Mega oil firm Chevron is converting the alkylation catalyst used in one of its refineries from hydrofluoric acid to an ionic liquid.
Alkylation technologies are typically used in the refining industry to produce high-octane gasoline components for clean-burning fuels. Currently, about half of the world’s refineries use hydrofluoric or sulfuric acid, which are corrosive and toxic, in their alkylation units.
By making the switch to ionic liquids, C&EN reports that Chevron could help usher in major changes throughout the refining industry.
Ionic liquids, which are salts that turn liquid at temperatures below 100°C, have strong acid properties that allow them to behave like acid catalysts, but without the volatility. Chemists have long felt that ionic liquids could be useful in industrial applications and a few companies have been successful in harnessing their potential. BASF, for example, uses ionic liquids as acid-scavenging agents while Malaysian oil and gas giant Petronas uses an ionic liquid-based process for removing mercury from natural gas.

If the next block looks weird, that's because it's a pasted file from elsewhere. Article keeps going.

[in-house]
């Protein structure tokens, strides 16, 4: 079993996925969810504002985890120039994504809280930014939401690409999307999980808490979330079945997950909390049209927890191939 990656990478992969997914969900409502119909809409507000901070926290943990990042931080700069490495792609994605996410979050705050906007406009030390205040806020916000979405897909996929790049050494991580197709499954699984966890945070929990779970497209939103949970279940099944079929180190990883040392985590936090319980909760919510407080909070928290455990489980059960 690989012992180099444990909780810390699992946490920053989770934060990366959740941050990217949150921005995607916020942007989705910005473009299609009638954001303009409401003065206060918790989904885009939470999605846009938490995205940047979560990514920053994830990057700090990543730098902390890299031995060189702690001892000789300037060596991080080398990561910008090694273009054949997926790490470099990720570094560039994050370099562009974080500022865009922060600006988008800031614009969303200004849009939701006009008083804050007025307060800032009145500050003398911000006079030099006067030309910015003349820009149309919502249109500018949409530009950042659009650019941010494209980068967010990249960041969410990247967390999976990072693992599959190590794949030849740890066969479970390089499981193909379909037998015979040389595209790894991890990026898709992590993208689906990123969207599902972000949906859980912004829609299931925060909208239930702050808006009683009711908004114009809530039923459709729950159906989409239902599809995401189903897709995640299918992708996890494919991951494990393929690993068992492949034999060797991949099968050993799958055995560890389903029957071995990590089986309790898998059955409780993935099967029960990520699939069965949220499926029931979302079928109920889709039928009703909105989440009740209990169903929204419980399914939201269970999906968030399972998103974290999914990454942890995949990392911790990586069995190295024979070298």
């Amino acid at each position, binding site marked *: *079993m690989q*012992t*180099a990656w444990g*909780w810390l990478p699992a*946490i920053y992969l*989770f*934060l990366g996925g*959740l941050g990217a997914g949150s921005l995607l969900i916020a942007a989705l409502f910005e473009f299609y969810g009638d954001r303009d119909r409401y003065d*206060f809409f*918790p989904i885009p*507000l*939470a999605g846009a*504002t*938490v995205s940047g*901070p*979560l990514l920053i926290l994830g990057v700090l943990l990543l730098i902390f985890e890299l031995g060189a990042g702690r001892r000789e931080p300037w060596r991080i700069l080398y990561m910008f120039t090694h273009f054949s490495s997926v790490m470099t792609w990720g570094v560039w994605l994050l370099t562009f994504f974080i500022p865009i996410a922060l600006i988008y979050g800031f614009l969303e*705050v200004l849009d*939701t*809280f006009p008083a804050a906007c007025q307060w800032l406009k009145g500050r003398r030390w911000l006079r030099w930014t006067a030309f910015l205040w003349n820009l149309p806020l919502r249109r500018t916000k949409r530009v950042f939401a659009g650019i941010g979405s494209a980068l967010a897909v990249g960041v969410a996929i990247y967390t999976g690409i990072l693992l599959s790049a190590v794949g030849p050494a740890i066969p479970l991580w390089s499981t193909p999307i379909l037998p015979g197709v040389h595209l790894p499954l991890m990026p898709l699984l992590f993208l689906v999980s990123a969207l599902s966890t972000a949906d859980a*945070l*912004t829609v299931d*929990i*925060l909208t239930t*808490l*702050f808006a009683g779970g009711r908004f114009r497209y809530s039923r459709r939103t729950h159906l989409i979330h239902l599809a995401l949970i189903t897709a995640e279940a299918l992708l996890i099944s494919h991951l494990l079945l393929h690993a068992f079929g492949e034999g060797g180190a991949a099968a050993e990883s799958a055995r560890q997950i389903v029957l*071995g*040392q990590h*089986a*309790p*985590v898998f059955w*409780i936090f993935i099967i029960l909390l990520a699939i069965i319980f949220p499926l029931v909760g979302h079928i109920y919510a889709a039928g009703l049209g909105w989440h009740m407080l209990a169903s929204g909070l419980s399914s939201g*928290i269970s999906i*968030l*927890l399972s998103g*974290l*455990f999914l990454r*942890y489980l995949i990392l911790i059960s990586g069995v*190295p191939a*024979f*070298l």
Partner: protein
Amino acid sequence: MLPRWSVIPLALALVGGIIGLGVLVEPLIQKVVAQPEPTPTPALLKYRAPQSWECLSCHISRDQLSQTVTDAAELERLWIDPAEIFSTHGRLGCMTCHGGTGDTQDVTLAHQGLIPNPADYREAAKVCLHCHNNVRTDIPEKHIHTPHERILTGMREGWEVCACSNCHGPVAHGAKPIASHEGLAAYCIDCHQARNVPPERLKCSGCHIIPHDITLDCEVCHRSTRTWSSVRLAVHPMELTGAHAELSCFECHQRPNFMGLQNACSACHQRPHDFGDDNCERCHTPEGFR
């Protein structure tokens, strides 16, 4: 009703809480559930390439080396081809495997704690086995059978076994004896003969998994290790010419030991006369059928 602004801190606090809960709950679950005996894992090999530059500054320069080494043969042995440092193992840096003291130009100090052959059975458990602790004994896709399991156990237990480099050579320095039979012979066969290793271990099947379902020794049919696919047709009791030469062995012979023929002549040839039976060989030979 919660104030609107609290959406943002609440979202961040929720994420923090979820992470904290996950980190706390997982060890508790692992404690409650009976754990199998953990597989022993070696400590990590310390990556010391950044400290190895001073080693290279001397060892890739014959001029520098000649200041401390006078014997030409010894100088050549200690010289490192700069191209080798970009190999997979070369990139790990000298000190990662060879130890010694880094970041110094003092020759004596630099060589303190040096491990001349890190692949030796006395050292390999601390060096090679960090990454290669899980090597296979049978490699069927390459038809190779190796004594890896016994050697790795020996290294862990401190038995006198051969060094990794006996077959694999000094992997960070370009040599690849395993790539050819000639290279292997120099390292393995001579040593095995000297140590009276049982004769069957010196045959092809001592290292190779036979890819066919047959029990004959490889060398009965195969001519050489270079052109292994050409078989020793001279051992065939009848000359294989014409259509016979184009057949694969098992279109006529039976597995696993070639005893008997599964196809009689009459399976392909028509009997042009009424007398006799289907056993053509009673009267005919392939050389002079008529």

Chevron has been developing the technology since 1999 at a demo plant in Salt Lake City. Now the company plans to build a full-scale alkylation plant by 2020. Once its operational, the company will remove its inventory of HF from the site.
Chevron has also licensed the technology to Honeywell, who called the process the “first successful liquid alkylation technology to be introduced in 75 years.”
“Ionic liquids alkylation offers a compelling economic solution compared to conventional liquid acid technologies while delivering the same yields and high levels of octane,” said Mike Millard, vice president and general manager of Honeywell UOP’s Process Technology and Equipment business. “This is a revolutionary new technology for refiners to produce alkylate and improve the quality of their gasoline pool.”
Honeywell will offer the technology under the brand ISOALKY and supply the catalyst, which is a chloroaluminate ionic liquid with a proprietary composition.